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Control Strategy for a Benchtop Hybrid Powertrain

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2014 ASEE Annual Conference & Exposition


Indianapolis, Indiana

Publication Date

June 15, 2014

Start Date

June 15, 2014

End Date

June 18, 2014



Conference Session

NSF Grantees’ Poster Session

Tagged Division

Division Experimentation & Lab-Oriented Studies

Tagged Topic

NSF Grantees Poster Session

Page Count


Page Numbers

24.319.1 - 24.319.9



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Paper Authors

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Eric Constans Rowan University

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Mariaeugenia Salas Acosta

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Jennifer Kadlowec Rowan University


Bonnie L. Angelone Rowan University, Department of Psychology

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I am a cognitive psychologist by training. My primary area of interest is people’s inability to detect changes to visual stimuli, a phenomenon known as change blindness. Through this research I can make inferences about the visual attention system. On this current project I assisted in the assessment of students' knowledge.

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Development and Implementation of a Control Strategy for a Hybrid Power Train System in a Classroom SettingThe XXXXX University Mechanical Engineering program is studying the use of a long-term(five semester) design project on student learning and concept retention. The project, a bench-scale hybrid powertrain system, will be designed, analyzed and fabricated by students starting intheir sophomore year and culminating in their final semester as seniors (see prior ASEEpublication “XXXXXXXXXXXXXXX”). The Hybrid Power Train (HPT) uses an air motorand electric motor as the two motive power sources which engage depending on the drivingconditions. It is a small-scale replica of the Toyota Hybrid System (THS) but adapted to aclassroom setting. The air motor is the “prime mover” for the hybrid system and was designedand fabricated by students in their first semester as juniors; this system was described in anearlier ASEE publication[xx].The system is electronically controlled by a microcontroller (Arduino MEGA 2560) in order toachieve a variable transmission. It changes to adapt itself to different driving conditions with theaim of working at its most efficient range of operation. At the same time, a microcontroller-based speed cruise control system was developed and implemented for the system.The hybrid power train was built using sensing, actuating and control instruments. A tachometer(the first module built by the students) is used to read the speed of the motors, and at the sametime a set point is provided by the user. The microcontroller processes the inputs variables andregulates in the case of the electric motor the current using a motor driver; or in the case of theair motor the flow of air by controlling six solenoid valves. The valves are installed to six fittingsinto an aluminum block, each one with different diameter size holes; the air flow variesdepending on the holes size. In consequence, by combining the flow of air through the differentdiameter size holes a range of sixty four different combinations can be obtained.This paper describes the control strategy of the project and provides details for successfullyimplementing the above control system in a classroom setting, and describes our experience indelivering the module to the first group of students. Further details on each module are beingmade available on an interactive website, which is also described in the paper.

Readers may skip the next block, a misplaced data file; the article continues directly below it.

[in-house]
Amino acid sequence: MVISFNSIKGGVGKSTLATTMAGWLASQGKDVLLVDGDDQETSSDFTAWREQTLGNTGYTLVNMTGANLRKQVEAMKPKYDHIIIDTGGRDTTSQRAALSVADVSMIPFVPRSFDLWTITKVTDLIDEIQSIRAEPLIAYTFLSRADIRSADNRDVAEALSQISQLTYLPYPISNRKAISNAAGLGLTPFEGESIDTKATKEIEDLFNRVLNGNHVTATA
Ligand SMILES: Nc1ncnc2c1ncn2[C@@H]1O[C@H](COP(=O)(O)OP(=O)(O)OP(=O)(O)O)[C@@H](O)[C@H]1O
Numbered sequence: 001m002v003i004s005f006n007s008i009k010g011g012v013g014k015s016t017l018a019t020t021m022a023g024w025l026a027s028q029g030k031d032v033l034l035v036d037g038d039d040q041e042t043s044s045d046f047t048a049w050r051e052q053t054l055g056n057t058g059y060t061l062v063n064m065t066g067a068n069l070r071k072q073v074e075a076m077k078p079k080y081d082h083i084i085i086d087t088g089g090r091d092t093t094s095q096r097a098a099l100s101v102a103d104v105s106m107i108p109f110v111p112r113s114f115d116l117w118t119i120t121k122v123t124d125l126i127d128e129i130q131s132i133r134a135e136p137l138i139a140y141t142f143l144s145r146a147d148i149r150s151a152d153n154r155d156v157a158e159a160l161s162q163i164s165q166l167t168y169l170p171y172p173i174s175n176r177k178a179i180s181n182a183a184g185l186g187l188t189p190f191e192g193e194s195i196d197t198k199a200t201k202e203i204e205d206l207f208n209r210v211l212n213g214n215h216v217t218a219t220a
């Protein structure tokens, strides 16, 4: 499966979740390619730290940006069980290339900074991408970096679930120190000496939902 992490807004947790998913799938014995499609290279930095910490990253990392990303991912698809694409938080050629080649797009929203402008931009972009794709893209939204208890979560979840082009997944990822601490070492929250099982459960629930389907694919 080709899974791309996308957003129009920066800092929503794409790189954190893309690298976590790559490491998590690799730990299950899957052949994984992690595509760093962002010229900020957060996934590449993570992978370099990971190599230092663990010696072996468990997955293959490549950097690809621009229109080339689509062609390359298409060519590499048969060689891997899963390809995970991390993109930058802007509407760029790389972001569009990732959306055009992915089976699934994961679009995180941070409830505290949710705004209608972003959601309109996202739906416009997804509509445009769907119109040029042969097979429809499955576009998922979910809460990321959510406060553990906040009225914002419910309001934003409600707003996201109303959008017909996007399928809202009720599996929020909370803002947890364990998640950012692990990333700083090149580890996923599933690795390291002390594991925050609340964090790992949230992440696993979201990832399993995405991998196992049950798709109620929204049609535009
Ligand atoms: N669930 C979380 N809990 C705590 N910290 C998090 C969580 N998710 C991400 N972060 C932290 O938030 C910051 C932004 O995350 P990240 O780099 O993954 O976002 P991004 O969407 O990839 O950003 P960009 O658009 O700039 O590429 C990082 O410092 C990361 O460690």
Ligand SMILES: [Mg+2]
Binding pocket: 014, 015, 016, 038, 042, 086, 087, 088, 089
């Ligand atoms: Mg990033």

Constans, E., & Salas Acosta, M., & Kadlowec, J., & Angelone, B. L. (2014, June), Control Strategy for a Benchtop Hybrid Powertrain Paper presented at 2014 ASEE Annual Conference & Exposition, Indianapolis, Indiana. 10.18260/1-2--20210

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